Meaning; great skill in music or another artistic pursuit, eg “a performance of considerable virtuosity”
synonyms: skill, skilfulness, mastery, expertise, expertness, prowess, proficiency, ability, aptitude, adroitness, dexterity, deftness, excellence, brilliance, talent, genius, artistry, technique, art, creativity, flair, finish, polish, panache, finesse, wizardry, calibre, quality, professionalism.
Last week, Andy Tharby wrote a post about failing better and how we can all learn from errors, which prompted me to send a tweet suggesting that aspects of his post brought the word virtuosity to my mind, and it has stayed there. Is there a point where virtuoso could be applied to a teacher’s practice and what would identify the approach as such?
In music, virtuosity is evident when an individual performs with or without music, usually the latter, interpreting the composition in ways that share the emotion of the piece with the audience. The performer puts themselves into the music in such a way that the audience can almost feel it as well as hear it. This doesn’t need to be showing off. Virtuosity can be quiet efficiency and effectiveness, calm, controlled sharing. Yehudi Menuhin, Stephane Grapelli and Nigel Kennedy, as violinists have all been described as virtuosi or perhaps a prodigy, by displaying talent early. Each has had a distinctive style, in their respective genres, in terms of self-presentation and playing styles.
So virtuosity has to have something to do with talent and personal style.
My own relatively shallow experience in the music world derives from folk music, where my bodhran playing allowed me to play in France and England with barn dance and social dance bands, as well as playing in the Truffe de Perigeux, where our band Octan played in the final. We didn’t win and I had to come home to headship! Tant pis.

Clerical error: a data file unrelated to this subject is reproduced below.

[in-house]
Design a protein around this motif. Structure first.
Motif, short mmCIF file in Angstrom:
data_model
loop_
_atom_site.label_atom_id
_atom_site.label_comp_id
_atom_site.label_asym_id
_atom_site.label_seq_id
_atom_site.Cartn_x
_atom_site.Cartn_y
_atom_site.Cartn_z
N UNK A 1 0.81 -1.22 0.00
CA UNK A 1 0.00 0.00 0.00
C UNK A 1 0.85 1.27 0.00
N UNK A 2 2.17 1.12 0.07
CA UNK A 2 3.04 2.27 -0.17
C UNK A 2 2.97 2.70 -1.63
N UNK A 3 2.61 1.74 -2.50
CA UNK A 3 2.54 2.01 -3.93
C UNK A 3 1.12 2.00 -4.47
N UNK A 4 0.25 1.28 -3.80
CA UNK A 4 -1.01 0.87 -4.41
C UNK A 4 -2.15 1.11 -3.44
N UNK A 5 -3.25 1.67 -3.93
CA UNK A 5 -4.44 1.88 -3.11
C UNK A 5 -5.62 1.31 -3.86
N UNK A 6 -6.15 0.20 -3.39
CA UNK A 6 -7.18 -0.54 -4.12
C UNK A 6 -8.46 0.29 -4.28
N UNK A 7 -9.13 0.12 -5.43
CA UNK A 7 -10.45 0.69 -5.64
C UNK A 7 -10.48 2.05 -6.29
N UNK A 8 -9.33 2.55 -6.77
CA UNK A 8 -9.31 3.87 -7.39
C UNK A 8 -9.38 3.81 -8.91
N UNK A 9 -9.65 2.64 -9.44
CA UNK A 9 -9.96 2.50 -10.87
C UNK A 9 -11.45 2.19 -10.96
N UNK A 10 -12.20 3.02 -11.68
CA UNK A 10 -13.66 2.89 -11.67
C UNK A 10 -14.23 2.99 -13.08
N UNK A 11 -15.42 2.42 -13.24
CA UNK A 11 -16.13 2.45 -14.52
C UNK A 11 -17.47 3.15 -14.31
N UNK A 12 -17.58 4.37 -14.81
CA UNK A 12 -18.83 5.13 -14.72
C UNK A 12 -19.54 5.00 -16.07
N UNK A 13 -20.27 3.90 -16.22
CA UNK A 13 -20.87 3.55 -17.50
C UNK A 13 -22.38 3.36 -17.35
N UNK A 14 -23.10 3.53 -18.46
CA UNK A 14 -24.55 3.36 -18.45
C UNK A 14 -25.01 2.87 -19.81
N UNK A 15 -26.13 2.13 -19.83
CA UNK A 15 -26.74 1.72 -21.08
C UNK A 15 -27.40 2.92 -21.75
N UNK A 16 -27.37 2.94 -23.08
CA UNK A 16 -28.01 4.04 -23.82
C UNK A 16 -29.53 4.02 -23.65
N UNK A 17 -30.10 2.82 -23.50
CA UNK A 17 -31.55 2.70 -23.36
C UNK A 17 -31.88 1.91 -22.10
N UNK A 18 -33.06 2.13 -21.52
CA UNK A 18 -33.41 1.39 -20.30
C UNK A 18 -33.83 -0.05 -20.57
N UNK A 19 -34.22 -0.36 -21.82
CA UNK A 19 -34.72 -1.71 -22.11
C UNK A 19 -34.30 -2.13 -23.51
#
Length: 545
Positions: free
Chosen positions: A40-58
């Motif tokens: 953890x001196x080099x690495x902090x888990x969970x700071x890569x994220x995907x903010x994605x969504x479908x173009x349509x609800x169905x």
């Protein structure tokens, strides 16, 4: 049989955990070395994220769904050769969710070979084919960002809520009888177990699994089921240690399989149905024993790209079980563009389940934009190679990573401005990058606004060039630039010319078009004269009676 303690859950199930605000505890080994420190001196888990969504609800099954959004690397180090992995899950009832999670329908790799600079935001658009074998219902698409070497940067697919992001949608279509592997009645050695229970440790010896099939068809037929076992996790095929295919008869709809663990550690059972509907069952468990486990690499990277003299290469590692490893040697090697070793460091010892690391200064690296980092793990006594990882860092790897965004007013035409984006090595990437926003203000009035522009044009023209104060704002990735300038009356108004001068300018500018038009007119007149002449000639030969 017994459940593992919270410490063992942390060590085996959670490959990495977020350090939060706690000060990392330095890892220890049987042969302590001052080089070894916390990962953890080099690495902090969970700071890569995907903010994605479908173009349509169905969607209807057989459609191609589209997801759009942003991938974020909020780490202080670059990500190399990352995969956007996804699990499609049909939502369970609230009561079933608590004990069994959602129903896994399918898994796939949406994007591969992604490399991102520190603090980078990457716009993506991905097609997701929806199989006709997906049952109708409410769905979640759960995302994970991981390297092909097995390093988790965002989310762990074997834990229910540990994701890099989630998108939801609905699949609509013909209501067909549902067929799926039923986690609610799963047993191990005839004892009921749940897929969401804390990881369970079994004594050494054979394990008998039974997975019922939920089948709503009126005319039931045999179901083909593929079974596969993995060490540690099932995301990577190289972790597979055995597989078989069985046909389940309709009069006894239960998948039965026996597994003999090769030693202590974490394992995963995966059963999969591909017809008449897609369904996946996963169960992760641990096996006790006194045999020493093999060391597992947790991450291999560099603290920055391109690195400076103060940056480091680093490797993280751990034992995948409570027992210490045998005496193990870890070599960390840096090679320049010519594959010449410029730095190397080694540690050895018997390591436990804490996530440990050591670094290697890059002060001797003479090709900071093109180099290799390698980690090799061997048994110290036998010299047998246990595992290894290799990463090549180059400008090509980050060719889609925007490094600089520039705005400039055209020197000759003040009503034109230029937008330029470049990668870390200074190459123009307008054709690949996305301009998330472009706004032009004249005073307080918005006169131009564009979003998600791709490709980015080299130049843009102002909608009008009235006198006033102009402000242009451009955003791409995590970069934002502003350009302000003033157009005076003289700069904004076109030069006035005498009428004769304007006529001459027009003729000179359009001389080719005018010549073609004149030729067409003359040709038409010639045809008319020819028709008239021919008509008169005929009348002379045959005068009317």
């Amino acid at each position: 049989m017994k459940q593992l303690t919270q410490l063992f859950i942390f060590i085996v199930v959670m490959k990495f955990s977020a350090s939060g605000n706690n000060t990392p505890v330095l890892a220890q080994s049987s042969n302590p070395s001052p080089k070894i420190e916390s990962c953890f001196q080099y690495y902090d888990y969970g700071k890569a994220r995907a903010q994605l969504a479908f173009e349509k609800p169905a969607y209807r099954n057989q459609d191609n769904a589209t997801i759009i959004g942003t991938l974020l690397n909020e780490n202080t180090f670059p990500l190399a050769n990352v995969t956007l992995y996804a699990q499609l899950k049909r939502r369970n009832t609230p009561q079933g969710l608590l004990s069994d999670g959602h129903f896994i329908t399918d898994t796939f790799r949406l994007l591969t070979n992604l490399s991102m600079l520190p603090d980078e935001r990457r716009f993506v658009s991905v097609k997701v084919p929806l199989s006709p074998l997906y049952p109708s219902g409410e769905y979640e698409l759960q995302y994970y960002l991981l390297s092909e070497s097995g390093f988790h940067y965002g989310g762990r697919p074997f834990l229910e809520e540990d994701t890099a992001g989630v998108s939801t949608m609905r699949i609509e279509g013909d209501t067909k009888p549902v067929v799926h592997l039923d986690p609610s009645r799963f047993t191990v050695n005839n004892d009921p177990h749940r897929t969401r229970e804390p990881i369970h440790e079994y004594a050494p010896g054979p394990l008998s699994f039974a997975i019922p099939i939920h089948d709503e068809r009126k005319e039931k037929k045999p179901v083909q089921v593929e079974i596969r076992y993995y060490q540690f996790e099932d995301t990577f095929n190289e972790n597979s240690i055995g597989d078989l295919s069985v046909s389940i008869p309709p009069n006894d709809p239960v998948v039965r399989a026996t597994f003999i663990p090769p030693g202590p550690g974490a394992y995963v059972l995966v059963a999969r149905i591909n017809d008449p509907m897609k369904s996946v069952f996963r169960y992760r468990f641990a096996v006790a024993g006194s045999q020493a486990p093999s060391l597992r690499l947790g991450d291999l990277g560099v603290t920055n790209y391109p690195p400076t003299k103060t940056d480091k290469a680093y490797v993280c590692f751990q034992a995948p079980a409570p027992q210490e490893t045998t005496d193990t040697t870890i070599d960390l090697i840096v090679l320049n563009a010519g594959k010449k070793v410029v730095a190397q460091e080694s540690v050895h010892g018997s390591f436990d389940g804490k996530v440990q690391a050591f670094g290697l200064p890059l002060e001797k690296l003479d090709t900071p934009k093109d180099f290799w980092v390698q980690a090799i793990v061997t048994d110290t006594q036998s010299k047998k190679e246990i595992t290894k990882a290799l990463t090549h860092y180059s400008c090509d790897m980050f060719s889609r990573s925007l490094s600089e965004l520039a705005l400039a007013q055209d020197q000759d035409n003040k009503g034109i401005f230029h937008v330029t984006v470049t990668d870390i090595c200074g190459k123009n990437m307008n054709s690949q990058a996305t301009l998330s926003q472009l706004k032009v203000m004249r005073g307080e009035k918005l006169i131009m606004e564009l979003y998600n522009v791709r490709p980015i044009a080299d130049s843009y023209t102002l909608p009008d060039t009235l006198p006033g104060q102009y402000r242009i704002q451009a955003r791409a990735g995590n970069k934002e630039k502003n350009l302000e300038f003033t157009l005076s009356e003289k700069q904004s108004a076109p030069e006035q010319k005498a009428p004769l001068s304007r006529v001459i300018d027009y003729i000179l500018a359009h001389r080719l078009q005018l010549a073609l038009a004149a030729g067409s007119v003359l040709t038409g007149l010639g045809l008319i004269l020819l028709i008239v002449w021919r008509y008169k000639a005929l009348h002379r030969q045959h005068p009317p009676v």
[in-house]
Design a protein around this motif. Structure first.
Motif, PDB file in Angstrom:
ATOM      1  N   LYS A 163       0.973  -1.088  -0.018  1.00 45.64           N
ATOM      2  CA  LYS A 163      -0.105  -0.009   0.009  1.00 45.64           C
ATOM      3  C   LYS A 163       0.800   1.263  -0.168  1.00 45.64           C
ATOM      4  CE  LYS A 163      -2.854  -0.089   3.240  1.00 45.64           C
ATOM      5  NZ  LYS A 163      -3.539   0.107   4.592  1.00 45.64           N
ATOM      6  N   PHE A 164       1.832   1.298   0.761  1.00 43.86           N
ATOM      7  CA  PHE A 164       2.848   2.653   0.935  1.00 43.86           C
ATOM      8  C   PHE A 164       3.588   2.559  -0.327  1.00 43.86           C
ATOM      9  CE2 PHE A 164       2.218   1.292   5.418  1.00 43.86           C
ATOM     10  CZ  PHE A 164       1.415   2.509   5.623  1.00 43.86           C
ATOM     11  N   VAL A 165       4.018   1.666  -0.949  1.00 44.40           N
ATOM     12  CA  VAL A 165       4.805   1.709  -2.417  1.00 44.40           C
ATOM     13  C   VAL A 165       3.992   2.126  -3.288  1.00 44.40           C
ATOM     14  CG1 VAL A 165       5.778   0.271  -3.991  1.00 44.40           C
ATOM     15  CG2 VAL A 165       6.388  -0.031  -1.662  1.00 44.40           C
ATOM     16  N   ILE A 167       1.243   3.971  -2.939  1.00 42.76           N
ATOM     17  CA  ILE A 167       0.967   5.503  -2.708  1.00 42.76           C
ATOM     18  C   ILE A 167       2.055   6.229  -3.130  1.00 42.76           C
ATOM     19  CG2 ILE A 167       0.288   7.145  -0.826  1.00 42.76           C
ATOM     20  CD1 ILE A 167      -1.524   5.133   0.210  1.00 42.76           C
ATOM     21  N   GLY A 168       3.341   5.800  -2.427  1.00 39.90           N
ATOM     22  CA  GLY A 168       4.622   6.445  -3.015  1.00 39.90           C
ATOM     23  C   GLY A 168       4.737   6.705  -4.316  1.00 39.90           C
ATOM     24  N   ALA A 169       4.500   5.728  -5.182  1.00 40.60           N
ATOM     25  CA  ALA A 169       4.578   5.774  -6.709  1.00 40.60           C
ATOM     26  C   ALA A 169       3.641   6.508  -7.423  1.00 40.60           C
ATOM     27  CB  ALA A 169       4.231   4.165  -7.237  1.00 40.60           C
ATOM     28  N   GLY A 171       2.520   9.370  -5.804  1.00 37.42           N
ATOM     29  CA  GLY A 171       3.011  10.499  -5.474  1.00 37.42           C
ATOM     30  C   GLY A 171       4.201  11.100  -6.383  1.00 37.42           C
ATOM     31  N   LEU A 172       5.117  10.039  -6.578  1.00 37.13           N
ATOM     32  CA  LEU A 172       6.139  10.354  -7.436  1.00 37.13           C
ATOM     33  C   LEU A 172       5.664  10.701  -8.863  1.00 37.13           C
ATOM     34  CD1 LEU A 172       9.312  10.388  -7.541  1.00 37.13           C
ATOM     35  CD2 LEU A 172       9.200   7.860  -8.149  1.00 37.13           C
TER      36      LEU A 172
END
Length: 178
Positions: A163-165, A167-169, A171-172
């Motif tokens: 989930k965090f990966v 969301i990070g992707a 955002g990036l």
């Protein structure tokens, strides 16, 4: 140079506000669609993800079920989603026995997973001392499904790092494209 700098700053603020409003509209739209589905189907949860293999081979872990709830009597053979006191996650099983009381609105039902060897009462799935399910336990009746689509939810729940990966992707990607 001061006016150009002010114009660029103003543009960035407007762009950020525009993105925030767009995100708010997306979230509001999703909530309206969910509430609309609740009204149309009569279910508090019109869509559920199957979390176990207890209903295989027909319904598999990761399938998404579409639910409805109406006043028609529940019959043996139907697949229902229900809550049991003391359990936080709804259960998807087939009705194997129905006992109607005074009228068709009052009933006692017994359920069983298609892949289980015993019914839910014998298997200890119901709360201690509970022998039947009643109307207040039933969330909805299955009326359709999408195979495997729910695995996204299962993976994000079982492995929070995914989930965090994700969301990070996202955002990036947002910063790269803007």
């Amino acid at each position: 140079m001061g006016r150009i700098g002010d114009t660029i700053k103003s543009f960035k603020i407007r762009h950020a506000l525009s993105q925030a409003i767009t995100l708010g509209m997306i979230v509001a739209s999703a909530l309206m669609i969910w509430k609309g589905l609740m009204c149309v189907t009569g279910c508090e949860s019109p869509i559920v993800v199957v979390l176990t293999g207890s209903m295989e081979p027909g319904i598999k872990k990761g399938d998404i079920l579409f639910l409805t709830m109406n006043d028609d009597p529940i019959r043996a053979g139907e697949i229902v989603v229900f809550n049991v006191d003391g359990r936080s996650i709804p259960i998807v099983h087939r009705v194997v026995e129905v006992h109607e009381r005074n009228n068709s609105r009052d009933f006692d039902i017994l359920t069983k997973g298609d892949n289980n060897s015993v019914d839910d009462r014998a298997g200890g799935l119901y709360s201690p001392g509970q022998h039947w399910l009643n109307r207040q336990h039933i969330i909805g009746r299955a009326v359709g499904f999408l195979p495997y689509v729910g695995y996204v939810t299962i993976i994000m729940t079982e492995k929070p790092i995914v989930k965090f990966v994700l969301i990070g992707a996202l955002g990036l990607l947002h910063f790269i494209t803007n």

So virtuosity might mean the capacity to unpick and share.
Tricks, tips and bright ideas are the stock in trade of education. Teachmeets make this sharing easier, at least for the brave souls prepared to put themselves forward to share something from their classroom practice. It’s really important to reflect and embed these ideas in a longer term plan, so that they have meaning and can be presented with confidence, just in case something goes wrong and can’t be rectified, because it hasn’t been thought through and rehearsed, whereas the “expert” has already thought through these details.
Virtuosity depends on capability with the tools and significant mental and physical reflection and rehearsal.
Virtuosity, to me, is a state of heightened professional and personal skill, honed through practice or rehearsal to a point where presentation becomes seamless. It can then be difficult for an observer to unpick the details.
Virtuosity should also travel outside the safe contexts within which it has been honed.
In teaching terms, using the teaching standards as baseline descriptors, I’d suggest the following as a starter for a journey to virtuosity in teachers.
- They know their stuff well, breadth and well as depth, so can easily take alternative routes and come back to the main journey, as the need arises. TS3
- They are ordered and organised, mentally and with resources, in such a way that they make appropriate links, ensuring seamless classroom and learning management. TS4
- Learners have confidence in them, so they have professional status, demonstrated through positive relationships which allow learning activities to proceed effectively for all learners. TS8
- The teacher and the learners know the consequences of disrupted learning. Behaviour management is effective; consequences are seen through. TS7
- The teacher knows about child development, can place the learners in the class into appropriately challenging work situations that encourage talk and demonstration of high expectations, on a class and individual level. TS1
- The teacher understanding of learners allows detailed engagement with individual and class learning, guiding, modelling, coaching and mentoring as needed, adapting to needs as they arise and encouraging the best possible outcome. TS6,5&2